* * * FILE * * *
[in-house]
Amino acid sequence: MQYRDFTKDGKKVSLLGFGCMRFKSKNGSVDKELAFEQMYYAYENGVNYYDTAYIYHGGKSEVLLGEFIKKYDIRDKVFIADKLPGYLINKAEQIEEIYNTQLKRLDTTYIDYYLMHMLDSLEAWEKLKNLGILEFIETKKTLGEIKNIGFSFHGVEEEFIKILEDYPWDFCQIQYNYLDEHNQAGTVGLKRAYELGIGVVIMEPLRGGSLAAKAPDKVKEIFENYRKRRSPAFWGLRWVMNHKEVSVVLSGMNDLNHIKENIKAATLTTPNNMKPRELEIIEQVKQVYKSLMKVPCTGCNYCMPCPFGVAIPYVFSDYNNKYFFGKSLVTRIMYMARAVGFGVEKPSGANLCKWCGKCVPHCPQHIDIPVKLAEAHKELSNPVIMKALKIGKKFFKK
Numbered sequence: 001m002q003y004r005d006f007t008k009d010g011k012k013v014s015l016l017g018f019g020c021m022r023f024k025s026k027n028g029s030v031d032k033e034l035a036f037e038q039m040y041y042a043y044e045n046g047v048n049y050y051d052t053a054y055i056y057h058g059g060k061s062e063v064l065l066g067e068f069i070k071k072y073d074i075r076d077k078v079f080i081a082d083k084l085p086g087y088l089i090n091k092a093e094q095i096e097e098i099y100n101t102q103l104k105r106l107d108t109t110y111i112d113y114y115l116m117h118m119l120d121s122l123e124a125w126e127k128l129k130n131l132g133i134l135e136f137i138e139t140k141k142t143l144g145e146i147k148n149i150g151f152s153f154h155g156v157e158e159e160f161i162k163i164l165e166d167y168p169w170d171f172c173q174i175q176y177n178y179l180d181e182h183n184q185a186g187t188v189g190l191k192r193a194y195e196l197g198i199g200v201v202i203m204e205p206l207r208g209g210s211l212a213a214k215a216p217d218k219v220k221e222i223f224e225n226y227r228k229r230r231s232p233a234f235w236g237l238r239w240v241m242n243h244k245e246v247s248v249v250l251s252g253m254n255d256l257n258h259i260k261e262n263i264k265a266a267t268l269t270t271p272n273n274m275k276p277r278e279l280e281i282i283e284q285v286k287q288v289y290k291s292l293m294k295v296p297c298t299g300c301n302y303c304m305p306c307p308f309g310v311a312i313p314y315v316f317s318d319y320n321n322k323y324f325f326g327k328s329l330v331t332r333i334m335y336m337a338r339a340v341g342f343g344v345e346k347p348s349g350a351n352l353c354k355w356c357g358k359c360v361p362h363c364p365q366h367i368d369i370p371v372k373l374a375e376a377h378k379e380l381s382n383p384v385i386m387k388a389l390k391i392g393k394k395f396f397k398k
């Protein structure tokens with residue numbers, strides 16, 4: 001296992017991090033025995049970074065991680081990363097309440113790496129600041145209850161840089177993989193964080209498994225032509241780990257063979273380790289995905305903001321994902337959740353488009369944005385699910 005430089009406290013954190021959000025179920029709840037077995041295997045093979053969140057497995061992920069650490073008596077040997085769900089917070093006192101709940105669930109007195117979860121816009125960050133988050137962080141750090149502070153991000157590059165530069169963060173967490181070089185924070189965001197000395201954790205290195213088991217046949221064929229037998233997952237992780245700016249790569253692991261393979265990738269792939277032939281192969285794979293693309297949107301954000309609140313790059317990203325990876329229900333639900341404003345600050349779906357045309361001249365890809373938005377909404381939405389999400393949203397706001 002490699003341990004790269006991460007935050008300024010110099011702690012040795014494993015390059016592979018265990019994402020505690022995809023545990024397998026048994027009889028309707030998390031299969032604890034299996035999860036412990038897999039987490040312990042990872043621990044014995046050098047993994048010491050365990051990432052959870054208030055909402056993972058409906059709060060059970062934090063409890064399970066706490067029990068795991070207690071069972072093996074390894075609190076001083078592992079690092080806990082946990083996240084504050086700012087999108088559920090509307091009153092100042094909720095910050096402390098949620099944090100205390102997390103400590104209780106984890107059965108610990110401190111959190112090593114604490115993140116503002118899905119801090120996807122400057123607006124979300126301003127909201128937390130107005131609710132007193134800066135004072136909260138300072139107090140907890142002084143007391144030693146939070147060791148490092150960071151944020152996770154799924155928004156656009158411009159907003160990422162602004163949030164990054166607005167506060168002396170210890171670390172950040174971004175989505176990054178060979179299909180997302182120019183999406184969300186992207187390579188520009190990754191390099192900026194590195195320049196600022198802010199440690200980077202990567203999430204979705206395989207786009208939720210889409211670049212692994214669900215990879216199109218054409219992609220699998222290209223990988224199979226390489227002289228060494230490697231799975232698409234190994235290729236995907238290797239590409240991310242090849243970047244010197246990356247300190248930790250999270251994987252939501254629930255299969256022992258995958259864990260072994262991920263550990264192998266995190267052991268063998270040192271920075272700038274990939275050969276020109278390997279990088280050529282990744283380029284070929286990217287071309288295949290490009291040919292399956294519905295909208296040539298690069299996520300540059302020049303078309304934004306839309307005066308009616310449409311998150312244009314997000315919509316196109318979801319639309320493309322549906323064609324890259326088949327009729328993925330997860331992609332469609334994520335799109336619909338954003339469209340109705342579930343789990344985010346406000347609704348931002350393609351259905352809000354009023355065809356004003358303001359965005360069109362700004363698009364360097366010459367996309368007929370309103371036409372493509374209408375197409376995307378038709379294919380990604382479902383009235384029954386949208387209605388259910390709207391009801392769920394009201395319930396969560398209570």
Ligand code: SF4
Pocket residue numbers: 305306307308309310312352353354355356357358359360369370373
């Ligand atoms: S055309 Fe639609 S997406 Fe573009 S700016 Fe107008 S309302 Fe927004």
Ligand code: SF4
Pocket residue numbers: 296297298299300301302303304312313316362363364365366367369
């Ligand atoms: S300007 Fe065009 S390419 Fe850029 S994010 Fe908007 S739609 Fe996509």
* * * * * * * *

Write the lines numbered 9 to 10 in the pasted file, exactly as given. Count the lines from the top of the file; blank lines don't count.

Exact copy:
Pocket residue numbers: 296297298299300301302303304312313316362363364365366367369
């Ligand atoms: S300007 Fe065009 S390419 Fe850029 S994010 Fe908007 S739609 Fe996509």